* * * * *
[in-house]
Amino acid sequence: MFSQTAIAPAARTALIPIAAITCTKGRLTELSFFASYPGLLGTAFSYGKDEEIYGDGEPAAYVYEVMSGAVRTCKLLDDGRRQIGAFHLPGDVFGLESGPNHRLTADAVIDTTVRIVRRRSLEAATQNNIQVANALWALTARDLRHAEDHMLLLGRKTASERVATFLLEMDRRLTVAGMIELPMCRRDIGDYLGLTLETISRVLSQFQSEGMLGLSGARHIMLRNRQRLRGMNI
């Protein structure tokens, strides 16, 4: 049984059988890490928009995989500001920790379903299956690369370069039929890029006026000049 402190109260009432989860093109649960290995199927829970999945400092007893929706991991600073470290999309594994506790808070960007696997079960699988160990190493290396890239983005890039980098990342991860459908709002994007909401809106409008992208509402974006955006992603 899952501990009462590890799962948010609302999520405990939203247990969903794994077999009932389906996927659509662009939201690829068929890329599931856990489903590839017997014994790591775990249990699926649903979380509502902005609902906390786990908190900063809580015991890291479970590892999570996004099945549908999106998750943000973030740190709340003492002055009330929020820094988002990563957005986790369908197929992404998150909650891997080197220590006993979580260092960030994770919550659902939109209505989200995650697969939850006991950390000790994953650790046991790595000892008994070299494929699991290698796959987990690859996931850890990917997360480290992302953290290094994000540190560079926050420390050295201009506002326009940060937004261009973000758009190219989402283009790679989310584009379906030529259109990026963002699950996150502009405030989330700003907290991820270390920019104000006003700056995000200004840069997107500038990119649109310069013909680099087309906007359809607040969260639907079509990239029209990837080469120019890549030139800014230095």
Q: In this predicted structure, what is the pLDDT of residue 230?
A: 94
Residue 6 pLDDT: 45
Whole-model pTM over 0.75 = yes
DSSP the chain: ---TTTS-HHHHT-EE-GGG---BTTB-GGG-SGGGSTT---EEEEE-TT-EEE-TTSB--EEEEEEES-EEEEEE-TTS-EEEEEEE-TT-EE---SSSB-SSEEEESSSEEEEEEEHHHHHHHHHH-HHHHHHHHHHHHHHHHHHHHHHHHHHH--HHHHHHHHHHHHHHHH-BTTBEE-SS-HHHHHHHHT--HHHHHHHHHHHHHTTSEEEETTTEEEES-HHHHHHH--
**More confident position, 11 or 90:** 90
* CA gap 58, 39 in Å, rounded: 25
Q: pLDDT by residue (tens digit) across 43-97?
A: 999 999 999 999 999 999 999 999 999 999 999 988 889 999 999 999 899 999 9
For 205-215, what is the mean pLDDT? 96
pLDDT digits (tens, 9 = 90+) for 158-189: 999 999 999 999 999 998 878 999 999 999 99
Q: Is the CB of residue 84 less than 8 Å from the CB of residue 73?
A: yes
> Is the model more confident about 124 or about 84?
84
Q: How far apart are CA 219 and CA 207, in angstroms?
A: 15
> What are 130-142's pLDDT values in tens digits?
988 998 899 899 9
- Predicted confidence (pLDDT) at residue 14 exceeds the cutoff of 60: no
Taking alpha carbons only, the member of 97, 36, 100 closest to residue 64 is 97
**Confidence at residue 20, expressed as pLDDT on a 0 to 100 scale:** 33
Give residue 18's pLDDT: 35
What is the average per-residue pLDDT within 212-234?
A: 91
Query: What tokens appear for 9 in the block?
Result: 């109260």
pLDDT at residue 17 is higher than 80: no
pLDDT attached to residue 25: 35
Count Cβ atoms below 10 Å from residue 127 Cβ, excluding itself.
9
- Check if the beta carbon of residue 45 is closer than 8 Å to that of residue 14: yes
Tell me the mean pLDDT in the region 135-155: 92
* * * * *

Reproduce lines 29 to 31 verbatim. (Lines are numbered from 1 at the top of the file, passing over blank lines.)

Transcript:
Query: What tokens appear for 9 in the block?
Result: 């109260």
pLDDT at residue 17 is higher than 80: no